She’s thankful her loved one is no longer using, but his finances are a mess. Should she allow natural consequences for his past use even if it means losing his job or should she support his current efforts toward sobriety and pay his job rent?
Our member is facing a big transition. It looks like her loved one will be asked to leave the house in a few weeks. Read on about a sound approach for embracing this transition with grace and compassion.
The courts failed to enforce treatment for her daughter, once out of jail. Now her daughter’s life is a real mess. Take a look at how Dominique Simon-Levine lays out an approach to help this family member stay on track.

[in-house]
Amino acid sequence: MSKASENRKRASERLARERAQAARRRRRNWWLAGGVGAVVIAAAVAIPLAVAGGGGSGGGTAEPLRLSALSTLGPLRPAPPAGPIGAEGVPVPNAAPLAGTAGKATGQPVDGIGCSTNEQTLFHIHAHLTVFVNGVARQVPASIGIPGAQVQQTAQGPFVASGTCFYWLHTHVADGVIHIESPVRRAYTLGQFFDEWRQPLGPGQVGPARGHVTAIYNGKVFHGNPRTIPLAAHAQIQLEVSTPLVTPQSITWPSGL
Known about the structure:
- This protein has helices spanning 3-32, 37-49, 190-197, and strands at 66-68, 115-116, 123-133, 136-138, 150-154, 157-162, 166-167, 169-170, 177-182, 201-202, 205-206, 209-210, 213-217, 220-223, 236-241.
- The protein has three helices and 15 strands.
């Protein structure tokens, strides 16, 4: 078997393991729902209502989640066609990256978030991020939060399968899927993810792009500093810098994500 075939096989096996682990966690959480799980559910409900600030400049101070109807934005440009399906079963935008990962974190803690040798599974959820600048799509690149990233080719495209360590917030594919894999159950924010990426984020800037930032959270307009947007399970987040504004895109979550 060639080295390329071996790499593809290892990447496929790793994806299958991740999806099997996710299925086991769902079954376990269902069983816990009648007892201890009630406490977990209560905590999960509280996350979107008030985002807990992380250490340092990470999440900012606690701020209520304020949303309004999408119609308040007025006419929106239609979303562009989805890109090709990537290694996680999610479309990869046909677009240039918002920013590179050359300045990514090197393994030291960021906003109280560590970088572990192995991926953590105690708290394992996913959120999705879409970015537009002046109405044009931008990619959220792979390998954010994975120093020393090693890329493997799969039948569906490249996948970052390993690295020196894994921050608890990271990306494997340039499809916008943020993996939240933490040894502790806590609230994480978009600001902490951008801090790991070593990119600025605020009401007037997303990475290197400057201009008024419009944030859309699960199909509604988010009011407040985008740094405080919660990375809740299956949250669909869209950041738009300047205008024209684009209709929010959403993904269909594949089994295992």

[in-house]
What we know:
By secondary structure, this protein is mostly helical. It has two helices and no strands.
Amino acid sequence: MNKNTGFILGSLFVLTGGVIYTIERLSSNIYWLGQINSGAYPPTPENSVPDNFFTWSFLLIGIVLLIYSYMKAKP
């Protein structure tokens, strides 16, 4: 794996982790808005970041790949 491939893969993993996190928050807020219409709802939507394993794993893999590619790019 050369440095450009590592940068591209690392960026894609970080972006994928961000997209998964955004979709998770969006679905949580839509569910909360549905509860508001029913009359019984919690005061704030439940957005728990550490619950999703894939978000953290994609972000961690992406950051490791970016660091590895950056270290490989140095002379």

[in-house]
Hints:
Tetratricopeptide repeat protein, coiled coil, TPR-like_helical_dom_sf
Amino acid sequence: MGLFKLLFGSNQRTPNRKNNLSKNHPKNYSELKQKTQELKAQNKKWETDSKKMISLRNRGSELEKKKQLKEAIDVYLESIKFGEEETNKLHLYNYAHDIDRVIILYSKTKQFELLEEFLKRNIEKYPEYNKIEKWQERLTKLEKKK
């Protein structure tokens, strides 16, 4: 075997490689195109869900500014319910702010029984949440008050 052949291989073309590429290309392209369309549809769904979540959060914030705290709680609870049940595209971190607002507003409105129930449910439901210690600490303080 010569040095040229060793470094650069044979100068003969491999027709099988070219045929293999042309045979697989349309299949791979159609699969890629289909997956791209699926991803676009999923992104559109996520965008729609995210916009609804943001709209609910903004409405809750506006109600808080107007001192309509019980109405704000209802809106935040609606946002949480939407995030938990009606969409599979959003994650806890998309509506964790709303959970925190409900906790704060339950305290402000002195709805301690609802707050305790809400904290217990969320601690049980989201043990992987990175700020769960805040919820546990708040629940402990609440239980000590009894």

She’s fed up with her son’s patterns of non-communication. Whenever his use is addressed, he withdraws and shuts off communication. When he does reach out, it always seems to be on his terms. How do you take the wheel when it feels like your loved one is used to calling all the shots?
They began to implement CRAFT guidelines when he comes home high, trying new gestures and rewards to connect with him when he’s sober. Their son however, is defiant and angry with his parents, rejecting any kind gestures. He uses pot daily, misses school, and doesn’t see his use as a problem.
If, as family members, we wait around for a 100% commitment from our loved one, we will almost certainly be waiting a long time. Family members must make decisions and take actions in an environment of probabilities.